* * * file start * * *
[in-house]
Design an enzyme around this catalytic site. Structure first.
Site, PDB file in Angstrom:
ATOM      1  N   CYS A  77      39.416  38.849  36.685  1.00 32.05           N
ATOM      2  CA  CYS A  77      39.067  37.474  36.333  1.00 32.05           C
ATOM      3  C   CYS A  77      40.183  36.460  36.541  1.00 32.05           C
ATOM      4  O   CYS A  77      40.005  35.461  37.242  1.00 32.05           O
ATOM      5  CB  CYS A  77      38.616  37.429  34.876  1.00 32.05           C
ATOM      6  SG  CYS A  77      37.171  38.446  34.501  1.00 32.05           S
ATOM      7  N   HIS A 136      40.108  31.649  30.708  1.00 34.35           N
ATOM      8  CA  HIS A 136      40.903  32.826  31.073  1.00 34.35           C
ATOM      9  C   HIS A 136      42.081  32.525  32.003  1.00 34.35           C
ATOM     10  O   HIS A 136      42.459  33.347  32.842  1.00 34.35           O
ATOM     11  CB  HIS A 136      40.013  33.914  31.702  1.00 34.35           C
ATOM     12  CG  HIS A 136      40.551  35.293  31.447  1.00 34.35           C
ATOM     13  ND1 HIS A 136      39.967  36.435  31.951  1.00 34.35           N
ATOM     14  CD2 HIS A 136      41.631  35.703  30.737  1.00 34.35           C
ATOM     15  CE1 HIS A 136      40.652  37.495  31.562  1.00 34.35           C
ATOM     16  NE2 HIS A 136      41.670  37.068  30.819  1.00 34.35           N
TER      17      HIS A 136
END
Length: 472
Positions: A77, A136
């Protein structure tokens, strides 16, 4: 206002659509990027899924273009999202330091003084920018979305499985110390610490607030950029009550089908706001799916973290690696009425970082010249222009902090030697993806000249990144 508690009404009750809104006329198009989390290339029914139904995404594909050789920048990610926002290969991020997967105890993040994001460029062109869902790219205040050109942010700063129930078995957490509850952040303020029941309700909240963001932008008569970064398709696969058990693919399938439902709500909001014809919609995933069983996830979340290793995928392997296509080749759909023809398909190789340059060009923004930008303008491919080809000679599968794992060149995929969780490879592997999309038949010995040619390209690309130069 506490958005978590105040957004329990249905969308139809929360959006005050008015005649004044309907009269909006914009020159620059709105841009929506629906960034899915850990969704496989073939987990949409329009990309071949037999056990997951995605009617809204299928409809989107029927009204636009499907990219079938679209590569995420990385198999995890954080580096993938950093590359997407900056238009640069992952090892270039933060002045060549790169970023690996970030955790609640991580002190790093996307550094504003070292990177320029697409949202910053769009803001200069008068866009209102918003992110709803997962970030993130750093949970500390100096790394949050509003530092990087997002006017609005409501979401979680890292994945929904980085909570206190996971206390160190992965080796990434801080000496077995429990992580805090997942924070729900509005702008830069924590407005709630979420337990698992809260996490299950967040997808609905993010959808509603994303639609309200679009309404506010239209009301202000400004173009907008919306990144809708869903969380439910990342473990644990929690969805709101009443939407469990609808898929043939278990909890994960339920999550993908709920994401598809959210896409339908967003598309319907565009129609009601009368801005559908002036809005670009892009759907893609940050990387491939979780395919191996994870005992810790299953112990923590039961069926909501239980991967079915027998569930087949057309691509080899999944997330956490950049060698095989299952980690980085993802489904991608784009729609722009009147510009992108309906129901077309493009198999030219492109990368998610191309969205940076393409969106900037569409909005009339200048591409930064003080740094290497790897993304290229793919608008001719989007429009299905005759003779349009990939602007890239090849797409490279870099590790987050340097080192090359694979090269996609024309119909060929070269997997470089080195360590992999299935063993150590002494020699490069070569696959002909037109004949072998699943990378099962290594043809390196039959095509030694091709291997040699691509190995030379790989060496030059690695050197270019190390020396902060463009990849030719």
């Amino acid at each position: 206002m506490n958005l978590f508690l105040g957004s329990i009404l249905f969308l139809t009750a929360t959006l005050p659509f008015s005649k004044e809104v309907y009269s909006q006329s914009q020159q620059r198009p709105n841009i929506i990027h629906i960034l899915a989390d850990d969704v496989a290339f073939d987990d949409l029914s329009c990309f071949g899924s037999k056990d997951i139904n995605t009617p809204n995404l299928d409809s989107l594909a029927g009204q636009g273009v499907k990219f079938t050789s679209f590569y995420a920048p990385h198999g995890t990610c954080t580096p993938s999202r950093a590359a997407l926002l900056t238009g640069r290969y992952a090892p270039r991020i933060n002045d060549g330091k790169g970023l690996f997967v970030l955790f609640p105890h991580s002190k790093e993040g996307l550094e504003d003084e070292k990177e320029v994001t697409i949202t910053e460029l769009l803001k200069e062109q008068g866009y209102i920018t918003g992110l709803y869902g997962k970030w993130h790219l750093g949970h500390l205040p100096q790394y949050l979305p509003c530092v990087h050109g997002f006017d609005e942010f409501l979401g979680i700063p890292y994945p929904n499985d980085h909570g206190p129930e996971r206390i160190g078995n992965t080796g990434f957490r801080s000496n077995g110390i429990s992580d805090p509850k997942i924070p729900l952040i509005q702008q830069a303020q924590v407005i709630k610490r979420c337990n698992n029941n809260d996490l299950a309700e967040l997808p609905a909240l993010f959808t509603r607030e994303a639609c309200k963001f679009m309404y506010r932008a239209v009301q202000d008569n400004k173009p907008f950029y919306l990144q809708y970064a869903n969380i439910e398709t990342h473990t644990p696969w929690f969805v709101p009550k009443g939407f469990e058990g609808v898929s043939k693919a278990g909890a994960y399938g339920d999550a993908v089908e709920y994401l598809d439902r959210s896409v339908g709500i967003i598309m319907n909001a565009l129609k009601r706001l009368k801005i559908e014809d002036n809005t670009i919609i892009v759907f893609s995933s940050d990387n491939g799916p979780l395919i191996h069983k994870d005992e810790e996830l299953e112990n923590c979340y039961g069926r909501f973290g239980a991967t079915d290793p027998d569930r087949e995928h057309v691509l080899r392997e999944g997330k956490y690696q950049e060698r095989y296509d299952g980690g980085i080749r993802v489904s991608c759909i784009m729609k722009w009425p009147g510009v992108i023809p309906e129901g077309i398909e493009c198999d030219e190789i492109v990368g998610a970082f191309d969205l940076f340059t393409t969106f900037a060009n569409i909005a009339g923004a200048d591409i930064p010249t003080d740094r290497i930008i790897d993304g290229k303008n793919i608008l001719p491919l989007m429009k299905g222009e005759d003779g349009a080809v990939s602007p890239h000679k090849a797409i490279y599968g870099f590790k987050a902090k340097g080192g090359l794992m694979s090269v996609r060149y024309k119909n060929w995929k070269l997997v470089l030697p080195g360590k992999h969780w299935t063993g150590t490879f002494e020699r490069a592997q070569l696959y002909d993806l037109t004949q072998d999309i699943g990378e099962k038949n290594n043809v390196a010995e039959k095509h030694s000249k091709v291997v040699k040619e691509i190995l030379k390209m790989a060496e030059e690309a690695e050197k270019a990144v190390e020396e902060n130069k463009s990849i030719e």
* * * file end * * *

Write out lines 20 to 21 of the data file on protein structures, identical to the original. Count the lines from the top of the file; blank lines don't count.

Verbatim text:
TER      17      HIS A 136
END